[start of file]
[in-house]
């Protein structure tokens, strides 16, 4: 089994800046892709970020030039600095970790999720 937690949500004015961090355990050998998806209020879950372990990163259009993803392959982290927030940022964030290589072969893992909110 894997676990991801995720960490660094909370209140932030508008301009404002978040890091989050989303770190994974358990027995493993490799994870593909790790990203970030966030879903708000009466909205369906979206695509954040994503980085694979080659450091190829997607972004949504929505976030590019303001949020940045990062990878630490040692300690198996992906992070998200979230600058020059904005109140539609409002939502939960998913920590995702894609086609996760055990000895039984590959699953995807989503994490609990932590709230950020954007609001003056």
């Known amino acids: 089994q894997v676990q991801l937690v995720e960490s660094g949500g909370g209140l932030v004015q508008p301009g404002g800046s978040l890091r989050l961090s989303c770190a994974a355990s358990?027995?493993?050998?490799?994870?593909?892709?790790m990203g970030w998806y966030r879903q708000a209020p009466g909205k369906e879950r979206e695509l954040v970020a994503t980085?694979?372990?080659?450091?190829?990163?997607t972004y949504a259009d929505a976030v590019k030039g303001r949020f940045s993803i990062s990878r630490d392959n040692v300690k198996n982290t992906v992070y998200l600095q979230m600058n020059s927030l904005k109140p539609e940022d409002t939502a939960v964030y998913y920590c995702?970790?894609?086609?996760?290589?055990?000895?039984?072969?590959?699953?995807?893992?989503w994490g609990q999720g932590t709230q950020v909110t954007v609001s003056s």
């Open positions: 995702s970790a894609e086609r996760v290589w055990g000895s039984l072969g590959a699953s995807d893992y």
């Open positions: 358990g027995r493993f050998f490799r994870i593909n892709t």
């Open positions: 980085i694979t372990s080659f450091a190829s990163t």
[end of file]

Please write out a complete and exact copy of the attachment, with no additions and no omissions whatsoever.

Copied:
[in-house]
């Protein structure tokens, strides 16, 4: 089994800046892709970020030039600095970790999720 937690949500004015961090355990050998998806209020879950372990990163259009993803392959982290927030940022964030290589072969893992909110 894997676990991801995720960490660094909370209140932030508008301009404002978040890091989050989303770190994974358990027995493993490799994870593909790790990203970030966030879903708000009466909205369906979206695509954040994503980085694979080659450091190829997607972004949504929505976030590019303001949020940045990062990878630490040692300690198996992906992070998200979230600058020059904005109140539609409002939502939960998913920590995702894609086609996760055990000895039984590959699953995807989503994490609990932590709230950020954007609001003056």
């Known amino acids: 089994q894997v676990q991801l937690v995720e960490s660094g949500g909370g209140l932030v004015q508008p301009g404002g800046s978040l890091r989050l961090s989303c770190a994974a355990s358990?027995?493993?050998?490799?994870?593909?892709?790790m990203g970030w998806y966030r879903q708000a209020p009466g909205k369906e879950r979206e695509l954040v970020a994503t980085?694979?372990?080659?450091?190829?990163?997607t972004y949504a259009d929505a976030v590019k030039g303001r949020f940045s993803i990062s990878r630490d392959n040692v300690k198996n982290t992906v992070y998200l600095q979230m600058n020059s927030l904005k109140p539609e940022d409002t939502a939960v964030y998913y920590c995702?970790?894609?086609?996760?290589?055990?000895?039984?072969?590959?699953?995807?893992?989503w994490g609990q999720g932590t709230q950020v909110t954007v609001s003056s």
């Open positions: 995702s970790a894609e086609r996760v290589w055990g000895s039984l072969g590959a699953s995807d893992y």
């Open positions: 358990g027995r493993f050998f490799r994870i593909n892709t």
């Open positions: 980085i694979t372990s080659f450091a190829s990163t």